Boundary reports are usually required when two property owners disagree on a boundaries location, this, in turn, becomes a boundary dispute. The origin of the dispute often arises when property owners, disagree with the maintenance liabilities of the boundary line, then in-turn the location, width, or even ownership.
Boundaries are tend to be set by residing features, some examples are walls, fences, hedges, trees and driveways.
Over the years we have found the boundaries are often moved or even left to overgrow by the various property owners.
Your legal boundary line will always be highlighted on the Land Registry Title Plan, however, these are often to a very high scale, i.e. 1 to 1,250. This effectively means when a Surveyor tries to determine a boundary line using the Land Registry Title Plan, there could be over a metre of uncertainty as to where the true boundary line is.
Due to this, Surveyors will conduct various different protocols on site as well as undertake desktop research, in order to provide an adequate report. They will gather the facts then draw on their knowledge and experience to provide a professional opinion to where the boundary line lies as well as detail the path followed when forming the opinion. When on-site Boundary Surveyors takes a number of measurements (following Health & Safety guidelines) as well as take photographs in order to form an accurate assessment of the current projection of the boundary line.
Post site inspection, a Boundary Surveyor undertakes further desktop research, including reviewing the Land Registry Map, Land Registry details, Ordnance Survey Maps, previous Planning Applications Historical and Present Maps as well as Google Earth, Street View and Bing Maps. When it comes to Boundary determination the more evidence the better. The Boundary Report can be prepared on behalf of both parties to the boundary dispute, or just one of the parties.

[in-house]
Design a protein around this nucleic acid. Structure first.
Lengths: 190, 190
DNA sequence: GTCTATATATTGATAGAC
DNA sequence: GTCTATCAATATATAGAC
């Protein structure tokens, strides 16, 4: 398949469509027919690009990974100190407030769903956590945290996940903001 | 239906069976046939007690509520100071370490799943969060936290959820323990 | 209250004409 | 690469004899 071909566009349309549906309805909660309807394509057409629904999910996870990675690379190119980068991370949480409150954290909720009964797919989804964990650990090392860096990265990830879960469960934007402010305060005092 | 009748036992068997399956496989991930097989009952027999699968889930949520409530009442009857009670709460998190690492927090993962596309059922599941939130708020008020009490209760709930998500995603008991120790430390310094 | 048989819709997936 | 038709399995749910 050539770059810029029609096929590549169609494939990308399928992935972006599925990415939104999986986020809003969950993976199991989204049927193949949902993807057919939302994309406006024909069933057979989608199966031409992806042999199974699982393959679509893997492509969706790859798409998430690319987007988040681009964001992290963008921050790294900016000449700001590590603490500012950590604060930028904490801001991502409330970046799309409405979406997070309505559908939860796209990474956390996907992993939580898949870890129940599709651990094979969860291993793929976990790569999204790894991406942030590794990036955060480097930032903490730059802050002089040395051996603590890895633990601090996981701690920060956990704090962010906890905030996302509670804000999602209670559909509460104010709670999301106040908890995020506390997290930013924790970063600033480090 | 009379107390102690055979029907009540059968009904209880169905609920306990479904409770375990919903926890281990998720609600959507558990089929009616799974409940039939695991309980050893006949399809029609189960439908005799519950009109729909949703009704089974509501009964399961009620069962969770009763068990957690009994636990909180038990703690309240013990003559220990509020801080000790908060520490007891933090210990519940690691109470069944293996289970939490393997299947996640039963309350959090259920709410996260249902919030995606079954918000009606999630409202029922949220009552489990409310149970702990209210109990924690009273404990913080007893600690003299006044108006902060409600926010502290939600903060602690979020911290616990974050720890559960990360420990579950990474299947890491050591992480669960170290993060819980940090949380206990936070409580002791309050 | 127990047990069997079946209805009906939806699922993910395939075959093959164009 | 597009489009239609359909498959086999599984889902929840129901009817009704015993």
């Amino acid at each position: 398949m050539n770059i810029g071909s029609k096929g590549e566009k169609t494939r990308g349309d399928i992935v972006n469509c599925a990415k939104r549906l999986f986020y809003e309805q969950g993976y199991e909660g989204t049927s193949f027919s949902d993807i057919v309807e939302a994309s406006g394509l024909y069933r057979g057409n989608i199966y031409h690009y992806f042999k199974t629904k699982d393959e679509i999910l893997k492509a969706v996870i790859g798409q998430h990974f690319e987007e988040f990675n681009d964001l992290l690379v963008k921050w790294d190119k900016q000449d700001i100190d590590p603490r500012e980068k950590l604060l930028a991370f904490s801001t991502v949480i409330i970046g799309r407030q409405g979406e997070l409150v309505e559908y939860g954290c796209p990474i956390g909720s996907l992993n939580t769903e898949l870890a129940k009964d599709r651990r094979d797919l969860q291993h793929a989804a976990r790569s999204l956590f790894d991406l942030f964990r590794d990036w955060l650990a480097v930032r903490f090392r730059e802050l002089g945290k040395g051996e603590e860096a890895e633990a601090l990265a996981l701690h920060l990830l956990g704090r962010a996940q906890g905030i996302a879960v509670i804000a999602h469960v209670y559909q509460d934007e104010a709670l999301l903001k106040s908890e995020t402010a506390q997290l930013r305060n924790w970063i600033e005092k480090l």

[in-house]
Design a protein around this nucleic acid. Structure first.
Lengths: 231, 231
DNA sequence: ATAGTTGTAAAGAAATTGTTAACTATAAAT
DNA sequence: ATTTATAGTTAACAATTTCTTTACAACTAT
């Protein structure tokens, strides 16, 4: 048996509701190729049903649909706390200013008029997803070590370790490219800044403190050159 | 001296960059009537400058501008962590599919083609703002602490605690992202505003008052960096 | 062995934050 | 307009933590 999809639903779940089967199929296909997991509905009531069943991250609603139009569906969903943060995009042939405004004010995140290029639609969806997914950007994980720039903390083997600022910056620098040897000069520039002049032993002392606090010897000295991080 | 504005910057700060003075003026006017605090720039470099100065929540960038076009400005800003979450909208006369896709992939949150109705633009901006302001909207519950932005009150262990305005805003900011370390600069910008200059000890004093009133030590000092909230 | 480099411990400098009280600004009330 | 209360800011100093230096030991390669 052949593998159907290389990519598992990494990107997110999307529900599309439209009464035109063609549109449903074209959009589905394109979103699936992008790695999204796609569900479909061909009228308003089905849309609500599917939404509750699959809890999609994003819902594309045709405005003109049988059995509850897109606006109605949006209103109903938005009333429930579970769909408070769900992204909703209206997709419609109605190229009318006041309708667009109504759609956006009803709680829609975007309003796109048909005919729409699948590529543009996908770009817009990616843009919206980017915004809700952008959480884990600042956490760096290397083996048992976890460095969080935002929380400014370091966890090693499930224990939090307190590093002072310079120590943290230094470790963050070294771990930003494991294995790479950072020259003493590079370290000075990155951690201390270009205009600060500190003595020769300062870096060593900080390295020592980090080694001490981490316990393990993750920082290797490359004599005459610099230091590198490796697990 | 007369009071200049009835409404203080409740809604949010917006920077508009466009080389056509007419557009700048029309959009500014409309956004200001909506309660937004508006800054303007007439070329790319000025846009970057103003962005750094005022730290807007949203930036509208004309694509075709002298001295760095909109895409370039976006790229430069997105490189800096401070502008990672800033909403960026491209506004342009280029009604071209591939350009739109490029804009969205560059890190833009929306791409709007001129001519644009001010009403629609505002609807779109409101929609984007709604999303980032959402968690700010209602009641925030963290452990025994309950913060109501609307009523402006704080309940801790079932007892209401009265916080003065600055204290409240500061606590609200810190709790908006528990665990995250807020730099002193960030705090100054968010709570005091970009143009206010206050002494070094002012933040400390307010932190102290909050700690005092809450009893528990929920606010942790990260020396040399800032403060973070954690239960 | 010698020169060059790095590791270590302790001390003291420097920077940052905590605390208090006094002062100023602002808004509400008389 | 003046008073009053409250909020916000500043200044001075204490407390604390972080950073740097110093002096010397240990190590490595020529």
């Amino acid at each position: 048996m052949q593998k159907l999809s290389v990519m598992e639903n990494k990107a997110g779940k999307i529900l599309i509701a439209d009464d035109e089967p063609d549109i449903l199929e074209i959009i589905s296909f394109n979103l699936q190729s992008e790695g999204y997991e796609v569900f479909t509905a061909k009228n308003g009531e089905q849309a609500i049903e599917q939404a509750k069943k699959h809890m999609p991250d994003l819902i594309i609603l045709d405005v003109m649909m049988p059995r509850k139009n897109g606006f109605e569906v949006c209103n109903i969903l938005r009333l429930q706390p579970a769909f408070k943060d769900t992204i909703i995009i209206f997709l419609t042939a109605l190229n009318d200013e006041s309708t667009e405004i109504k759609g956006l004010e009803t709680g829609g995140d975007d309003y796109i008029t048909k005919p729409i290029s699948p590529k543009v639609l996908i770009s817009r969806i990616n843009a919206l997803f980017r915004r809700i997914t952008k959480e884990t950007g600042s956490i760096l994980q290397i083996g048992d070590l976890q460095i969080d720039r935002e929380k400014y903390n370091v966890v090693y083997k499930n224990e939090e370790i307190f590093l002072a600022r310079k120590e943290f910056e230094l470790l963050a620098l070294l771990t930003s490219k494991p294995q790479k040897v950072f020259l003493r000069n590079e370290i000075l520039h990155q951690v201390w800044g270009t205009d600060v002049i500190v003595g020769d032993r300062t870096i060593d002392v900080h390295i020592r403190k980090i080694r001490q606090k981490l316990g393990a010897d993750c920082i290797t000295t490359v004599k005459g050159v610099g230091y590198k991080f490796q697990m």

Upon agreement of both parties involved in the Boundary dispute, a Boundary Agreement can be formed, both parties can then sign this and register it and the Land Registry, ensuring future owners will not have the same issue. If both parties are not able to agree with the Boundary Report and the dispute remains, the parties can proceed to court and let a judge rule on the matter. It is worth noting if you decide to proceed to court, there can be large cost implications ranging from £10,000- £150,000 theses cases can also drag on for in excess of 18 months depending on the cases complexity. The court procedures form a court order determining the location, ownership and maintenance liabilities of the boundary.
If you have a Boundary dispute or a question, feel free to give us a call and take advantage of the 30 minutes free consultation with one of our experienced Surveyors.